Viva Elvis - The wonder only grows
Like the light from Graceland’s eternal flame flickering near the famed estate, the memory of rock and roll’s undisputed King seems inextinguishable in the public conscience.
Even 27 years after Elvis Presley died inside his Memphis residence - an event commemorated Sunday night at the annual candlelight vigil attended by an estimated 8,000 - the multimedia entertainer remains a constant force in the world of popular music.
In Memphis, another Summer of Elvis began winding down as throngs of fans winded up the long driveway on a clear evening much cooler than usual for the middle of August. The official vigil song, “I Love You Because,” was a somber contrast to what Elvis lovers were singing several weeks ago.
Last month, the world marked the 50th Anniversary of Rock and Roll with a street festival outside Sun Studio. It was there, on July 5, 1954, that a skinny, 19-year-old delivery truck driver created the so-called Big Bang of popular music with a tune called “That’s All Right.”
“A new world of music was born,” said devotee Jerry Engleby, 61, from Jefferson City, Mo., who made her 13th August pilgrimage to Graceland this year. She also comes to celebrate his birthday in January. Wearing a pink and black handmade blouse (the colors of Elvis’s early career) and black and white saddle shoes, she is a tribute to an era forever altered by one man’s iconoclastic style. “He opened a door and now there is no end to Elvis. Musicians of today, if they are sincere, have to thank Elvis for what we have now.”
“That’s All Right,” an up-tempo version of an Arthur `Big Boy’ Crudup blues tune, was one of the first singles to unite all the idioms available to the average radio-listener.
Recorded 50 years ago, the song is still racking up sales.
“That’s All Right” was certified Gold (500,000 sales) this summer, and is one of Elvis’s first five Sun Studio recordings to officially do so.
Recent Elvis releases are also scaling the charts.
At a Sunday morning ceremony at Graceland, BMG Strategic Marketing Group announced that “Elvis: ‘68 Comeback Special - Deluxe Edition DVD” and “Elvis, Aloha from Hawaii - Deluxe Edition DVD” had been certified Double Platinum and Platinum (1 million), respectively.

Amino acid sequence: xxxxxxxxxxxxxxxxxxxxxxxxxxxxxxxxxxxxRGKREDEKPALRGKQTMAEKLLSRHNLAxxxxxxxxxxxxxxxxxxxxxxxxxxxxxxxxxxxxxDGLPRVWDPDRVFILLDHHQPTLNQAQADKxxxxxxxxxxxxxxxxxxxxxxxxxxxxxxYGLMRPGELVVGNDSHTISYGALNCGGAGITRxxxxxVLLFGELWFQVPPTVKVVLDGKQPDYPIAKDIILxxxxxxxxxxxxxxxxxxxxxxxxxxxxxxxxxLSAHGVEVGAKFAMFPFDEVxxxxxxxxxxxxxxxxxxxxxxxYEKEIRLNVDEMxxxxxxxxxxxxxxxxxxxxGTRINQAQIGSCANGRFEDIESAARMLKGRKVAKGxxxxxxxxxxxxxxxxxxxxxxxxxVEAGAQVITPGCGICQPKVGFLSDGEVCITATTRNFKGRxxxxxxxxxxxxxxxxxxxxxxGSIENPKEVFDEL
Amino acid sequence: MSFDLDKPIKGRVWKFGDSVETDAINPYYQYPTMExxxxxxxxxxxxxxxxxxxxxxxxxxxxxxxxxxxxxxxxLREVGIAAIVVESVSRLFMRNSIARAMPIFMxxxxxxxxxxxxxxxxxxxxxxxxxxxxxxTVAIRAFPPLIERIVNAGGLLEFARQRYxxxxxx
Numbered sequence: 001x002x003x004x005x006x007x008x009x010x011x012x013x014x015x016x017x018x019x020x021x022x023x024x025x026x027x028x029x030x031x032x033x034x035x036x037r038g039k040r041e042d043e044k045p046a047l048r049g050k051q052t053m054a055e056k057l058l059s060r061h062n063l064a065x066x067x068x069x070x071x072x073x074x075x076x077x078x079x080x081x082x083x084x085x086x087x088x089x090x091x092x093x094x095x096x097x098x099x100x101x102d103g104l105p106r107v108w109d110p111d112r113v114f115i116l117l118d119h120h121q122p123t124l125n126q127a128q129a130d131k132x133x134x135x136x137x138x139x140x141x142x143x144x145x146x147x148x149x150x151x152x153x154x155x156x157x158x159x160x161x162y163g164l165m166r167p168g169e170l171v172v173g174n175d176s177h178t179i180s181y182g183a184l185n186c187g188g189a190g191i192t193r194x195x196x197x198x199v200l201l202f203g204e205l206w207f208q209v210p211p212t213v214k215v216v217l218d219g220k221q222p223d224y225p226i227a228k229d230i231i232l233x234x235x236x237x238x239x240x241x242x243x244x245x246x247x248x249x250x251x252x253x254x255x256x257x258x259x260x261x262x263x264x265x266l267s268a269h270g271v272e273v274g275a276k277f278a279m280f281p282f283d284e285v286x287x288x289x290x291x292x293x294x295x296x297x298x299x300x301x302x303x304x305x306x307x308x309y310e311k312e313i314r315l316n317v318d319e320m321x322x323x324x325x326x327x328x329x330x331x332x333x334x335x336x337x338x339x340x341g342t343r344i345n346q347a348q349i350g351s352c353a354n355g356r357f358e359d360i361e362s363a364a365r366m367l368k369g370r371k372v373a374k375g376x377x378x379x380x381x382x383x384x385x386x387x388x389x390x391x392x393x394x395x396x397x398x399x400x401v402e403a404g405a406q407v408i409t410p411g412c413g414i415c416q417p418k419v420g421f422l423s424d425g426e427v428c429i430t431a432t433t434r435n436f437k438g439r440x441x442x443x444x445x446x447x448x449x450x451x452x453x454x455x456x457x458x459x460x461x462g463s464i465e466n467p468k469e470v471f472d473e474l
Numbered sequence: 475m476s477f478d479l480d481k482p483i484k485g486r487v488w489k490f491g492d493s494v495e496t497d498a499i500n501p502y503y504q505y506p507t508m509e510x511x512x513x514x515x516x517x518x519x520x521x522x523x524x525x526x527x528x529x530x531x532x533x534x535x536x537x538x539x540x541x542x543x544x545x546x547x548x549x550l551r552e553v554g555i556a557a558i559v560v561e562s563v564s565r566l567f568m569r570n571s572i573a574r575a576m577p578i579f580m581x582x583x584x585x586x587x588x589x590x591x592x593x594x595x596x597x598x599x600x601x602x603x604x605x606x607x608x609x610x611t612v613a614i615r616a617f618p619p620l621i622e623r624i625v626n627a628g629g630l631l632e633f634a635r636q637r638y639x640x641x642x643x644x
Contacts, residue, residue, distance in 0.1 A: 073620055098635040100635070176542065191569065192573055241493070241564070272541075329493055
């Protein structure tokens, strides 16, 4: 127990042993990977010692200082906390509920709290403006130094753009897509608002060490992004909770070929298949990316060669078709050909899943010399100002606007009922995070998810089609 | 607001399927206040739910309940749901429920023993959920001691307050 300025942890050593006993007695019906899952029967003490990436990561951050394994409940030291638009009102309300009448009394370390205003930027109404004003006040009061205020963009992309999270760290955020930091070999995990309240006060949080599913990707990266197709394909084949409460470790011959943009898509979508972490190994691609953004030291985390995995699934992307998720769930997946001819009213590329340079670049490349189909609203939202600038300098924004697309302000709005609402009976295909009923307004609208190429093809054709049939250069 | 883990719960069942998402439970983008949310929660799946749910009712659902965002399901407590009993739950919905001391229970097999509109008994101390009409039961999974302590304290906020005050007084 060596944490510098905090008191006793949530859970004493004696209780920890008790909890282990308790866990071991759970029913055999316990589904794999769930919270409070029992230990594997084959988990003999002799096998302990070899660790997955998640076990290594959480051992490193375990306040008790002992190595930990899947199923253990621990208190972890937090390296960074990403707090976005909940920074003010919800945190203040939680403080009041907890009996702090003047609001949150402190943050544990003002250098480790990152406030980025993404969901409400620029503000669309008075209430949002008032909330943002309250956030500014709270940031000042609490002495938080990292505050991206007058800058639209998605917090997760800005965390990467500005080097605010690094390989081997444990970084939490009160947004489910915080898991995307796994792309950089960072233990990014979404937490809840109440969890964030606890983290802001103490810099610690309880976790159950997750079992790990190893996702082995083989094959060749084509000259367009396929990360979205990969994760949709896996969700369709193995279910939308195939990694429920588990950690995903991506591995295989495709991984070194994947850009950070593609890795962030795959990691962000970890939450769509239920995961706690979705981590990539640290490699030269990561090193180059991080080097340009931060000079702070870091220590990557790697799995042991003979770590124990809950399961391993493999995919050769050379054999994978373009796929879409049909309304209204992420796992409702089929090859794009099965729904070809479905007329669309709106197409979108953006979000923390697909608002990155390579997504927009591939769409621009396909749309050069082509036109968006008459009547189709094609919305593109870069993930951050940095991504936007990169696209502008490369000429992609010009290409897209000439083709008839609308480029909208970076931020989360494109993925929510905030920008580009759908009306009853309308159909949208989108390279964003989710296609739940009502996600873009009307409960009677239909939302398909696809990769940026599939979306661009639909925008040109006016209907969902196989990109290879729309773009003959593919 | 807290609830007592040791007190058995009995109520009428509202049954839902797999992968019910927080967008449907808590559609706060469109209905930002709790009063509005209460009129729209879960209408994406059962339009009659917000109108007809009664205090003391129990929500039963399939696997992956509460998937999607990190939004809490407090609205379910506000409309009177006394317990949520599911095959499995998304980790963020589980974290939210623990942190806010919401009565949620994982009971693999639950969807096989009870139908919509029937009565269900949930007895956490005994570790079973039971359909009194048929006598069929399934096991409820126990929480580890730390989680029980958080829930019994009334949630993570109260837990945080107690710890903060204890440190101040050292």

Vigil attendee Annie Schmutzler, 78, also from Jefferson City, Mo., saw new faces at the vigil - young ones.
“Ten years ago, there were never so many young people out here,” she said. “I think that the way they are marketing Elvis has had an impact.”
Elvis has had a strong year.
On Jan. 8, 2004, what would have been Presley’s 69th birthday, the RIAA declared him the best-selling solo artist in U.S. history after an audit of his early record sales brought his total album sales to 117.5 million. In all, he has received 97 Gold Records, 55 Platinum, and 25 multi-Platinum. Elvis-mania continues. This summer, Elvis’s teenage home became a new shrine. A new wine was issued in his honor. There are new Elvis stamps, a new Elvis coin, an Elvis bingo game, a two-part CBS television miniseries (sometime next year), an Elvis Broadway musical (in spring 2005) and even an all-Elvis satellite radio station.
“Our motto is, `If he didn’t sing it, we don’t play it,’ ” said sole disc jockey Rob Grayson, broadcasting live from a booth at Graceland’s visitors center. Why Elvis? Why now?
“I think part of it is that we now have the technology to do it,” Grayson said. “I spend a lot of time adding in Elvis trivia and trying to find ways to relate the music to modern times.” Grayson says that despite that fact that he was only 19 when Elvis died, the King left a lasting impression on his life.
“I had just moved to Memphis in 1976 and (radio deejay) George Klein had hired me at WHBQ-AM. I was on the air when my roommate - a nurse at Baptist Memorial - called in to say Elvis was there and it didn’t look good. We were one of the first stations to broadcast the news. I was stunned by it. But it was an event I didn’t appreciate at 19, so I didn’t roll tape (to archive the broadcast). I wish I had, because now that tape would be priceless.”
- Christopher Blank: 529-2305
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